Thank you Masami for the two etegami, the first celebrating Girl's Day (Hinamatsuri) which fell on March 3 this year. Charming little altars are set up in the homes where there are girls and the dolls representing the Emperor and Empress take pride of place over the other figures around them.
This card is so colourful and done in a true etegami style.
The second card is very cute, a cat playing in a band. Masami is famous for his cat band cards, at one time he called for submissions for the band from fellow etegamists. It was fun to contribute.
This fellow looks so determined that you can almost feel yourself bracing for the clash!
Thank you Alison, she who is waiting impatiently for spring after a long cold winter in the USA!
I am sure she can identify with the author of these words who must surely have seen his fill of long cold winters!
I love it when an etegami one has made prompts someone to respond in a fun way so I was delighted to receive this priceless card from our sensei Debbie in response to one I had made! a shared sense of humour is such a gift, life would be pretty bland without someone to tickle in the ribs!
Which was prompted by my card...
PS Debbie has written and illustrated a fantastic book introducing English speakers to the Japanese art of etegami, a must buy either in paperback or e-book format for anyone who enjoys sending or receiving mail art. See the link for all of her books on Blurb. http://www.blurb.com/user/dosankodebbi
A new pal Lisa from California has sent me a whole swag of food oriented etegami, from the warming teacup to the cookies done on a coffee machine filter to the cherimoya complete with pithy comment! I guess the cherimoya is pithy too, I think it is the same fruit we call here in Oz the Custard Apple and they are indeed delightful as Lisa says, despite their somewhat reptilian appearance! I also liked the stamps on the envelope, the Marsden Hartley is a real gem it is always good to see artists featured on stamps.
Thanks Lisa, now I need to get back to work making etegami to send to you!
My doppelganger in California (give or take a few years and IQ points, mine that is) is getting mighty excited about the teeny tiny baby figs growing on her tree, hence the card.
I must confess that I was nonplussed for a moment as I saw the card at an angle and it had the distinct look of an alien creature, but then I reasoned given that approximately 99% of folk from the USA claim to have seen aliens (never mind the PROBES!!!) Carol (no-e) too had had a visitation.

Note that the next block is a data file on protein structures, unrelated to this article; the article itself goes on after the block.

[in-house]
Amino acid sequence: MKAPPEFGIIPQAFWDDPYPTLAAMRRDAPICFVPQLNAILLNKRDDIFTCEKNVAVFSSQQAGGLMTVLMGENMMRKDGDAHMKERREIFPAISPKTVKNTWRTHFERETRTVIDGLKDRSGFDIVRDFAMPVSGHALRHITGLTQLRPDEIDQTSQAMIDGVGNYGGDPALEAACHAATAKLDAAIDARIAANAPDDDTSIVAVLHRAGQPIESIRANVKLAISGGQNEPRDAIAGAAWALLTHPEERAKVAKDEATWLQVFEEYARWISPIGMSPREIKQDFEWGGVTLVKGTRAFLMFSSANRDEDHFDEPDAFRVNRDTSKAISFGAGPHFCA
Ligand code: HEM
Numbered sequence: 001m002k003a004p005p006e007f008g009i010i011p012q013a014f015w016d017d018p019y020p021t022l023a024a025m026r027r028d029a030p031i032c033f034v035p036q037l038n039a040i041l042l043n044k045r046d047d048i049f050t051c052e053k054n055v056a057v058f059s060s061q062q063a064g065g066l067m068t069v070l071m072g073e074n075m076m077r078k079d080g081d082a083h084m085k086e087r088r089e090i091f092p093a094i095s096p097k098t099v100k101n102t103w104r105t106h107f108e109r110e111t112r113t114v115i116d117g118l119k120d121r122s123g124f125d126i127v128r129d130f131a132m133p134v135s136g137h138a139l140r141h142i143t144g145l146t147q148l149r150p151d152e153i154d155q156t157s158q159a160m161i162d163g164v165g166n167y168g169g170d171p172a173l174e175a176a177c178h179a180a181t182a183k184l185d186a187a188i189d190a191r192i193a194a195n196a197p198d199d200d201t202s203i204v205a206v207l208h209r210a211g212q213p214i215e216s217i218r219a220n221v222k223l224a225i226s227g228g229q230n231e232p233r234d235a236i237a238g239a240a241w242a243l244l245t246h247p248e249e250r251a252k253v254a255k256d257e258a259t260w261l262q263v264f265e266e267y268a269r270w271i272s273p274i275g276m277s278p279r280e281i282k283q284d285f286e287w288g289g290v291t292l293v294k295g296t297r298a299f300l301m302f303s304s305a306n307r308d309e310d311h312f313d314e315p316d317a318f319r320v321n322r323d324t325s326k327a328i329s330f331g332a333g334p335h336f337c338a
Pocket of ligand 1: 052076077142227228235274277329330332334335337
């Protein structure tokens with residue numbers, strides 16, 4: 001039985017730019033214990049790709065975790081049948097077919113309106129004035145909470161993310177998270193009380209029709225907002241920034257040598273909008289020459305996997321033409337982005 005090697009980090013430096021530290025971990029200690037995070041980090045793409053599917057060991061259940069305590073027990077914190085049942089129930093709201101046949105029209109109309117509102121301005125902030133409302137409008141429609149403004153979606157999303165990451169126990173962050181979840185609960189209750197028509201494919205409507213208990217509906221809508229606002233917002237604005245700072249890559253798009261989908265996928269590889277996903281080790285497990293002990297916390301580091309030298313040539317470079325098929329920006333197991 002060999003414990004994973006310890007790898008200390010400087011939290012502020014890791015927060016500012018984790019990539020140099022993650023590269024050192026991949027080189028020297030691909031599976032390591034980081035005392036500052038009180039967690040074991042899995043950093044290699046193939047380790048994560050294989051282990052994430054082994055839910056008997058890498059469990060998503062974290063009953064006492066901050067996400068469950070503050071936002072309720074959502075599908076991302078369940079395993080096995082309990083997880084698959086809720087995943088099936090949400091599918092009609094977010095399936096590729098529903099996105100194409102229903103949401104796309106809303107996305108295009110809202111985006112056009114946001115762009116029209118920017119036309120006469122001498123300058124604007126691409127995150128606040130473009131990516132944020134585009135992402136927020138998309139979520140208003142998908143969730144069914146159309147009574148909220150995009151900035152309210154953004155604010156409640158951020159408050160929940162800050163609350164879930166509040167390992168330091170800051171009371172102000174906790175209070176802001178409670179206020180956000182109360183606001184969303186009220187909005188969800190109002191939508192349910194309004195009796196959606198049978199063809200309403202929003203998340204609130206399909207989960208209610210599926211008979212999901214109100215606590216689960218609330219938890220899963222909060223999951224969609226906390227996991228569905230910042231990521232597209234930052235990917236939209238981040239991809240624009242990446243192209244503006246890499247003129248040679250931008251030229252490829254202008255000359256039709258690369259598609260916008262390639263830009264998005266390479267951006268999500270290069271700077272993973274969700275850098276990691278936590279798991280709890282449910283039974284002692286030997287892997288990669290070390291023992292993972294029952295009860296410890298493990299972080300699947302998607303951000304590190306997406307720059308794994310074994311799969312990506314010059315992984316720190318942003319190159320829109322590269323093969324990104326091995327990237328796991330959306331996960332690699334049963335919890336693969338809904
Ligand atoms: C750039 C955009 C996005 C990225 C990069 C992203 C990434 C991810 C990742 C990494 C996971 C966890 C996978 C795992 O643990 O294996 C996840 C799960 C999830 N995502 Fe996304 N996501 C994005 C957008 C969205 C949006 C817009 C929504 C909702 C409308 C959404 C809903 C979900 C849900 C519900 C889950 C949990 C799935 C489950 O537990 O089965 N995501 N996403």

Relax folks, it all came right when the card was oriented correctly. Carol (no-e) is fortunate to have a partner named Felix who manages all things culinary in her house (overseen by a mighty inquisitive bird) who will turn those little suckers into jam when the time is ripe. He's one cool cat that Felix, does he do house calls?
Carol (no-e) has heard via the internet-vine that I like reading the Samurai detective stories, yes Carol(no-e) I am a fan, it is not a mischief spread by that other bibliophile Rachel!
I love this Fig creature! The figs on my small potted specimen are a little farther along than these but just as wanted, sadly not enough for jam
He did suffer a little damage in the post but I suppose we should be thankful that there IS still a postal service, rumours of the demise of the letter delivery are circulating.
Thank you Carol!
A delightful card from Tatuaki, again, celebrating Hina Matsuri I love the placement of the image and writing on the card, also I appreciate that he has written in English!
The second card celebrates the coming of spring with a picture of what I think is Butterburr, one of the wild herbs traditionally gathered to eat after the winter without fresh vegetables. Pretty and useful! The message according to Tatuaki, written on the back is "From the heart".. none better!
I received few welcome cards while I was in hospital these last two weeks and now I am home again, home again jiggedy, jig... I can acknowledge them!
The first is from my faithful correspondent Fumiko who hails from the island of Kyushu. It is a commercial card and I think it is of the volcanic island off the tip of Kyushu near Kagoshima? I love the kind of naive style of it and the technique.
The second is a print of one of her cards celebrating girls day.
And, best of all an original card by Fumiko of her and her darling Tororo braving the winter weather for a walk, though Tororo seems keen to head back home!
Thank you Fumiko, these cards cheered me up while I was in hospital!